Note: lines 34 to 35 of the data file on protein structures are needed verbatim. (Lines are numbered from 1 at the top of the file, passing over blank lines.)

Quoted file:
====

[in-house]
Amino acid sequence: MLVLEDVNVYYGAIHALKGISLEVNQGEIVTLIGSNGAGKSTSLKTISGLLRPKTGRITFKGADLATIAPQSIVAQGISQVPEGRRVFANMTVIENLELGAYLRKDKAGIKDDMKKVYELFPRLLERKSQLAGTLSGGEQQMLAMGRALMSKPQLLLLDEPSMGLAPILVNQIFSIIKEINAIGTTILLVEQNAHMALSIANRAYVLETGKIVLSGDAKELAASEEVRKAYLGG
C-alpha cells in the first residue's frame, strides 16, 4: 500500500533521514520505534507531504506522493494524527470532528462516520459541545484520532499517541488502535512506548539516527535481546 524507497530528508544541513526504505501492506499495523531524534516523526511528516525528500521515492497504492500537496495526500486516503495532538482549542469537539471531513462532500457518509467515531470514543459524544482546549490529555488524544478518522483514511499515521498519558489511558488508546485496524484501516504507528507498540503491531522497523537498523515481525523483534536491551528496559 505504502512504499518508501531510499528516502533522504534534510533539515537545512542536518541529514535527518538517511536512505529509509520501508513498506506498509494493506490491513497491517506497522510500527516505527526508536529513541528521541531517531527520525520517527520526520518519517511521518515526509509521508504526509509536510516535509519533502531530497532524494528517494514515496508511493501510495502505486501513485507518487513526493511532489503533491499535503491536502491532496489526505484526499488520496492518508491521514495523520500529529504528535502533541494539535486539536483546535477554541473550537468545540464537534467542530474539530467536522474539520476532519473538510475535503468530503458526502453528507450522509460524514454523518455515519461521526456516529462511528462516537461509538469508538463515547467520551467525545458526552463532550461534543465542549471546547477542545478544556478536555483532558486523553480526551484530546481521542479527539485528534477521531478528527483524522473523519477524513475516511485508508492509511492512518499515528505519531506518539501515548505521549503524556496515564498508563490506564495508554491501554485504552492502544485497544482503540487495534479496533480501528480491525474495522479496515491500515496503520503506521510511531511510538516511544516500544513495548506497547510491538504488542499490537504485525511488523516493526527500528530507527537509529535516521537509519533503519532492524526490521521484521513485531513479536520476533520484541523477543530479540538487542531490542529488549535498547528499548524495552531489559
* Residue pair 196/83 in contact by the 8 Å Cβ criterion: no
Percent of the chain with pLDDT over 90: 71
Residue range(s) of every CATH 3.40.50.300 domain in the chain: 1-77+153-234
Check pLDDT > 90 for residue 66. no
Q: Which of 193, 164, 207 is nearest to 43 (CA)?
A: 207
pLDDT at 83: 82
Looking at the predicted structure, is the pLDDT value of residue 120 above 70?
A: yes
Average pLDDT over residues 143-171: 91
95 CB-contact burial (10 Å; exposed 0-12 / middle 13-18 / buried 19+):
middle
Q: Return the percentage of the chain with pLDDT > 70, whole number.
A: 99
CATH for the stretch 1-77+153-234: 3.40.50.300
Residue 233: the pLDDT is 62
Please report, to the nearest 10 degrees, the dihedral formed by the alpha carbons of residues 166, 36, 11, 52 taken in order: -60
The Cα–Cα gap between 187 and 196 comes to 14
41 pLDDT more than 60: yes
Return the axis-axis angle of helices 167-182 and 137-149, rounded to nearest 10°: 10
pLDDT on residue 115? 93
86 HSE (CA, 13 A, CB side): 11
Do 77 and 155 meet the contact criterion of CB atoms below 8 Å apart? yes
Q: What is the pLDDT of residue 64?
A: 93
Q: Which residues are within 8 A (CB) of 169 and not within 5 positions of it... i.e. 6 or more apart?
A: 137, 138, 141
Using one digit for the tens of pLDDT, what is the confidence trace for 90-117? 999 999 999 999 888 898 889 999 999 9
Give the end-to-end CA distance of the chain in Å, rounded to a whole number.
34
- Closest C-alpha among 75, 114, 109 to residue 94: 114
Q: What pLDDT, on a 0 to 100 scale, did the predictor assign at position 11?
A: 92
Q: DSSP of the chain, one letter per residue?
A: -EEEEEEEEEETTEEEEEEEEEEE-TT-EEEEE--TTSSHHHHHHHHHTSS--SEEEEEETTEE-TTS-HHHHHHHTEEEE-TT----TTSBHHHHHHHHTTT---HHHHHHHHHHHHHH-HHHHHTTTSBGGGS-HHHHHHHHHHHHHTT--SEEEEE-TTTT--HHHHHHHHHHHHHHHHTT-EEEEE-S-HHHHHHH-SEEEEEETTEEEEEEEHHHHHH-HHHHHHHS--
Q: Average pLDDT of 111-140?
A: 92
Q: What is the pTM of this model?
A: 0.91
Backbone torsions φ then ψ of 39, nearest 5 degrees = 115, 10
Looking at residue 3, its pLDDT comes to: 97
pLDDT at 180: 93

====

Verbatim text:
- Closest C-alpha among 75, 114, 109 to residue 94: 114
Q: What pLDDT, on a 0 to 100 scale, did the predictor assign at position 11?